He says leaving will help him support his two daughters, who will be staying in Connecticut.

Other workers continue with the first stage of assembly. The rifle begins to take shape.

PTR currently has 56,000 orders. The wait is a few years.

Kevin Therrien, 34, has worked with PTR on and off since 2008. He won't be moving with the company.

He has a wife and two kids. He may go back to having his own construction business or work for another gun manufacturer.

As of now, 24 of PTR's 42 employees have committed to move with the company, including head welder Jamieson Woodard.

He's 22 and has been with the company 4½ years.

He grew up in the area and has never lived outside of Connecticut.

In another area of the factory, master gunsmith Ruben Diaz works on a trigger.

Fiorini says manufacturing skills like Diaz's are hard to find.

Diaz has been with the company 12 years, since it was under different ownership.

He's originally from Argentina and has made guns there and in South Africa.

His wife Grace also works with the company. They will both be moving to the new location.

Not far from Diaz, Zofia Wesolowska (left) and Krystyna Orzol (right) do light assembly work on front sights.

They're inserting the retaining pin for the front sight blade.

Both will be staying in Connecticut. They're reluctant to leave the Polish community in which they live.

On the other side of the factory, Zack McNamara, brother of John McNamara, works on threading a barrel.

He's 23 and will be moving with the company. The McNamaras are one of three sets of brothers who work at PTR.

He forms the parts in these machines. In recent years, PTR has begun making all but the plastic parts of their guns in house.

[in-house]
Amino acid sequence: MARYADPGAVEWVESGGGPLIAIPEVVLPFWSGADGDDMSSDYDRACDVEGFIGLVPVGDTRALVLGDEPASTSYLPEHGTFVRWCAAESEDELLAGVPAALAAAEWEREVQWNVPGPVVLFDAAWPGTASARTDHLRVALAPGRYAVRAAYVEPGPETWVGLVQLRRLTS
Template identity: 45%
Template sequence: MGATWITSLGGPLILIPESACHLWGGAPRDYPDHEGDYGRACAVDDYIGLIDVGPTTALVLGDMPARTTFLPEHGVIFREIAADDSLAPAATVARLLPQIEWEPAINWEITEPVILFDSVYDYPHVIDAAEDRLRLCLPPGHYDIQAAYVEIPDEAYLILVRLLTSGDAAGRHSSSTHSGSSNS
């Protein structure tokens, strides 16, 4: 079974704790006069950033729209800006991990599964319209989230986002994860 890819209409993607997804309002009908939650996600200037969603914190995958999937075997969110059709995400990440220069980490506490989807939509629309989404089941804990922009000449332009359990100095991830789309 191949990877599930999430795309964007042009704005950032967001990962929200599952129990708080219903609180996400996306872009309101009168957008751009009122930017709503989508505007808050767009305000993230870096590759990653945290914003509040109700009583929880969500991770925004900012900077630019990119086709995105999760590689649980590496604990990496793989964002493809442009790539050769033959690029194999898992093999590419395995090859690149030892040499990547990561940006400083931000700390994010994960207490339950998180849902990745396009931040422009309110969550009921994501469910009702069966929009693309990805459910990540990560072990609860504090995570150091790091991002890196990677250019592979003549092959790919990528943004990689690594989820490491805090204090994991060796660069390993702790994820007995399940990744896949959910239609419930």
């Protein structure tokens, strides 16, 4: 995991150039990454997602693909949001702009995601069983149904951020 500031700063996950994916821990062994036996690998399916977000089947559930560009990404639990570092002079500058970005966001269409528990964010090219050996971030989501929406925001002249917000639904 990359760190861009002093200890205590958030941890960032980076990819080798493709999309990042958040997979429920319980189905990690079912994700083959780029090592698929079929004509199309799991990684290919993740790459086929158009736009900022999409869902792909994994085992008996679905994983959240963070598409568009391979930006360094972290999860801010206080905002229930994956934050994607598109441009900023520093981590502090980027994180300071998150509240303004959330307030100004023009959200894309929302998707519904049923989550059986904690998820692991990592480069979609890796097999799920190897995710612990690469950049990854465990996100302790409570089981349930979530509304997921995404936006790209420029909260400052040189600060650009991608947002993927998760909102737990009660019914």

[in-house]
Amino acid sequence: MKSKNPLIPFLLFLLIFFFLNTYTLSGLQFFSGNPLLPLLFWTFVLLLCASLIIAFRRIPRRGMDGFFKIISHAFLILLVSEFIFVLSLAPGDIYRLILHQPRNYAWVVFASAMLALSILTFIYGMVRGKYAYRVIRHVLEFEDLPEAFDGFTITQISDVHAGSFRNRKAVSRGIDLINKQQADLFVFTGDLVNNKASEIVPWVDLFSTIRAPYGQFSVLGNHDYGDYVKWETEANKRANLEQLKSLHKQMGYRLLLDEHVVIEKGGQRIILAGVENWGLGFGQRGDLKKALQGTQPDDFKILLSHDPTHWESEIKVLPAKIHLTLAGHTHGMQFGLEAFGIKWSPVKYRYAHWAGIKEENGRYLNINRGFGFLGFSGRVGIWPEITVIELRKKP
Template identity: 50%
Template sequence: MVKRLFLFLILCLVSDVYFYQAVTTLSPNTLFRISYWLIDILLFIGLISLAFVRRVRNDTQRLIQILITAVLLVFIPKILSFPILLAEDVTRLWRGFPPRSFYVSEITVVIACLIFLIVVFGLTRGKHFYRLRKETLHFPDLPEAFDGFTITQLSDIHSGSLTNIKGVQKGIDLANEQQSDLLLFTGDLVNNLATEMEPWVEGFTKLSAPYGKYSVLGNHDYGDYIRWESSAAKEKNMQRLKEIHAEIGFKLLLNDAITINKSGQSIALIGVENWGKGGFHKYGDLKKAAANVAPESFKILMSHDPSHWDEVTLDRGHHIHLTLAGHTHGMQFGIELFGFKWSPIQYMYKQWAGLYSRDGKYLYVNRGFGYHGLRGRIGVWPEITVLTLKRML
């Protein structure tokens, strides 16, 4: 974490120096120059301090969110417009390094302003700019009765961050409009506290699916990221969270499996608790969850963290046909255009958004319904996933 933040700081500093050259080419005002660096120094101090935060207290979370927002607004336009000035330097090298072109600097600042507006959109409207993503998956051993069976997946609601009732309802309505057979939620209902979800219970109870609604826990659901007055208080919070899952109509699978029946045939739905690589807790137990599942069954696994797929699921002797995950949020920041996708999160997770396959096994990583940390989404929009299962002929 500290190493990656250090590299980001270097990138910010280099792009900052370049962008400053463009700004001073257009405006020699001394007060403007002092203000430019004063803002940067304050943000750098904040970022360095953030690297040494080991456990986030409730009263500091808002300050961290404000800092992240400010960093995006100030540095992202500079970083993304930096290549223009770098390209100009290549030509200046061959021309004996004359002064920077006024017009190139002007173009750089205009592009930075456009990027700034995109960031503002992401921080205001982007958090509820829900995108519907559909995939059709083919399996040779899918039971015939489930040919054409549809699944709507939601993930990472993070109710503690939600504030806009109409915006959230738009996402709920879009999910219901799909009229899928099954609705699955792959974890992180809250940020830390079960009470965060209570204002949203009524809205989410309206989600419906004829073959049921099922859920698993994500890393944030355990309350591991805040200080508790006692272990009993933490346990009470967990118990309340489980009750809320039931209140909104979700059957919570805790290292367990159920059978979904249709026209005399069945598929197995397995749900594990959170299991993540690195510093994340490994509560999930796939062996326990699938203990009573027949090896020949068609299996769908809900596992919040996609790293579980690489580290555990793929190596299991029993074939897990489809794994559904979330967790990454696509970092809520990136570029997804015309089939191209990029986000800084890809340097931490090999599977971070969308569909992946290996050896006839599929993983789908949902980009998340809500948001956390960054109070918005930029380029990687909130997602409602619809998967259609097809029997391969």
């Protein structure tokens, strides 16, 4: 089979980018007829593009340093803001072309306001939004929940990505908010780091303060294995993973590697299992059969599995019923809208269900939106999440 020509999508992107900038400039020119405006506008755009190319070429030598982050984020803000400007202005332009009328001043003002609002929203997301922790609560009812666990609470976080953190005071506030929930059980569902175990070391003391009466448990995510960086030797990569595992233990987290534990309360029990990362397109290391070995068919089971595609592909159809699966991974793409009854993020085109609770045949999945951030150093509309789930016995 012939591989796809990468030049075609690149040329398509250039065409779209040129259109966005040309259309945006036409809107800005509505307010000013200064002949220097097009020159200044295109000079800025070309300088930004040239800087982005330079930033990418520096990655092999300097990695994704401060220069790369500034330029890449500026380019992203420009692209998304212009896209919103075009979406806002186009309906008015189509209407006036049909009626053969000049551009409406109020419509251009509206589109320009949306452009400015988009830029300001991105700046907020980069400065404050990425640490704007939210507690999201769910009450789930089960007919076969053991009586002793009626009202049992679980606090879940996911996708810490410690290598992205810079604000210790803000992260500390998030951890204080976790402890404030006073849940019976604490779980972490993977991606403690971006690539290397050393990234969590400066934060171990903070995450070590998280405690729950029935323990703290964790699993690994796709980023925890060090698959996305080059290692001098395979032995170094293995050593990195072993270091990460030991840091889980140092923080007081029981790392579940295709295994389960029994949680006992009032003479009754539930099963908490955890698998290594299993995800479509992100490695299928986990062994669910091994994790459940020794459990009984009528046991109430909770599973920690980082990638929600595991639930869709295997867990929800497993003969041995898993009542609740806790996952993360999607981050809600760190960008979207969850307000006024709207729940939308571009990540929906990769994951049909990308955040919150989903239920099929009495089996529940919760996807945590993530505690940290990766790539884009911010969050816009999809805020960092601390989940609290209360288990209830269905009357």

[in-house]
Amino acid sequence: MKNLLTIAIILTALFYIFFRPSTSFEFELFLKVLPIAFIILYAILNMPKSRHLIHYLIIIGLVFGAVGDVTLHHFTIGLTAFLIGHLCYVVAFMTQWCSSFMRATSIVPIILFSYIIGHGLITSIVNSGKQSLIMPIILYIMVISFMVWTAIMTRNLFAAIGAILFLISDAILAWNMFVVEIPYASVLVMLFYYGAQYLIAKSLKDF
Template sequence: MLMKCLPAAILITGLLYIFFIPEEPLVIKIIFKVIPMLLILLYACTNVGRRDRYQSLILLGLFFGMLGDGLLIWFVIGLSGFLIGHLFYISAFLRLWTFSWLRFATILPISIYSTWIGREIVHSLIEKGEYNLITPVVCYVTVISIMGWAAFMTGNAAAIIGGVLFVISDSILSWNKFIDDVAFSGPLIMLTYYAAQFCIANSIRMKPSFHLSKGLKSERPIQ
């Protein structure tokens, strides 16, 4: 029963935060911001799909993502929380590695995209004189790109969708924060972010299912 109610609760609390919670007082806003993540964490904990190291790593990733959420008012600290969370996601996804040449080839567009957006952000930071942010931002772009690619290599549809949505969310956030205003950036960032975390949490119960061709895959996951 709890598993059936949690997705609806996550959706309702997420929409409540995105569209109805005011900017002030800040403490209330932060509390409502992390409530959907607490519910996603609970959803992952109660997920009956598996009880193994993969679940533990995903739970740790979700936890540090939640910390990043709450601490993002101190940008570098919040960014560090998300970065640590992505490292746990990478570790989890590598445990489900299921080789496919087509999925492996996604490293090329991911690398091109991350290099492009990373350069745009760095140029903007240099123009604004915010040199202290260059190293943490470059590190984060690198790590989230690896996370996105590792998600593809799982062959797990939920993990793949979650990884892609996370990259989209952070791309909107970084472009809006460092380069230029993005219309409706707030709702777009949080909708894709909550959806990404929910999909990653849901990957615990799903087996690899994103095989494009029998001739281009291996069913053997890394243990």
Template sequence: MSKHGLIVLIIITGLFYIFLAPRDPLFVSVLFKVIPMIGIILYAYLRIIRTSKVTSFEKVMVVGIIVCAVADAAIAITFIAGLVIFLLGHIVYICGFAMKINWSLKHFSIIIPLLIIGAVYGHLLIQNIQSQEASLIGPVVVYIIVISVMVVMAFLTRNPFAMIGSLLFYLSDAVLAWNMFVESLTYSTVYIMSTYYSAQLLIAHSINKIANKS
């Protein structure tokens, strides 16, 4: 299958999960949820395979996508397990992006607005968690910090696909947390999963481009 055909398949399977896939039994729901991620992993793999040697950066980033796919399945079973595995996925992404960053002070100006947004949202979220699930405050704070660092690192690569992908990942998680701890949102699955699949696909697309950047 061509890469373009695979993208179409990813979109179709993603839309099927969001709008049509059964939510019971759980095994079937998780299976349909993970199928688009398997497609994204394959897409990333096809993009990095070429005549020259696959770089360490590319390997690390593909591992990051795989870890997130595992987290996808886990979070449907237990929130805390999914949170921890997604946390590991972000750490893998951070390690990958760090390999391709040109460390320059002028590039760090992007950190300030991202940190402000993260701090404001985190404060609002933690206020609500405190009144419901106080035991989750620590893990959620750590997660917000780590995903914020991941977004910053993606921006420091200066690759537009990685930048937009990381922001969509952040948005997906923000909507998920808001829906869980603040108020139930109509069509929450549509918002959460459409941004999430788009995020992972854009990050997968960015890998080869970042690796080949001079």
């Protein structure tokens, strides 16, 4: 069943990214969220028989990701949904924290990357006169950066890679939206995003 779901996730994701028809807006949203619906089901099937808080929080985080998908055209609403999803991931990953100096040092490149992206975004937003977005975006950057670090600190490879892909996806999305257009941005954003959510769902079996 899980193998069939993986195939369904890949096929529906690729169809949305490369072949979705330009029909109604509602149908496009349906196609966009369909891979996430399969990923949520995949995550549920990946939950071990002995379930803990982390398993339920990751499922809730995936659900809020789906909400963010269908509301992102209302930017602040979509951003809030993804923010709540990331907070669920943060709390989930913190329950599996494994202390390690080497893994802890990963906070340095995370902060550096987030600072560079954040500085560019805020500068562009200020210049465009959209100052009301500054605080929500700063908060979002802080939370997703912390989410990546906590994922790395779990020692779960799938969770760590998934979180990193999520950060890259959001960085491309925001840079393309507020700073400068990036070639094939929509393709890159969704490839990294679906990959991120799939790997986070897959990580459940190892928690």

Head engineer Kevin Grover programs one of the machines to make a different part.

He's worked for owner Everett Wood for 30 years, and will be moving with the company. He says his salary, benefits and growth potential would be hard to find elsewhere in Connecticut.

Competitive salaries are not the only sign that PTR is thriving. Prices are up about $500 on all PTR products in recent months.

Elsewhere in the factory Mike McCann, 31, is assembling triggers. He's worked at PTR since August.

He grew up with many of the guys he works with and will be moving with the company. His parents and sister may go with him.

He doesn't think he'd have much opportunity for employment if he stayed in Connecticut.

Next to him, Eli Davenport, 19, was on his second day at PTR when we visited.

He previously worked at Starbucks. He wasn't sure if he'd be moving with the company.

One of the more important parts of the manufacturing process is firing the guns to make sure they're functioning properly.

Rick Carpentiere fires a PTR rifle into a testing device.

He's been with the company for three years and will be making the move.

After the function test, he inspects the cocking tube ...

... and the barrel.

Soon another rifle is put on the rack and ready to be shipped. A simple task surrounded by many complex issues.

Enjoy going behind the scenes at a gun manufacturer? Now go behind the scenes of an aircraft carrier.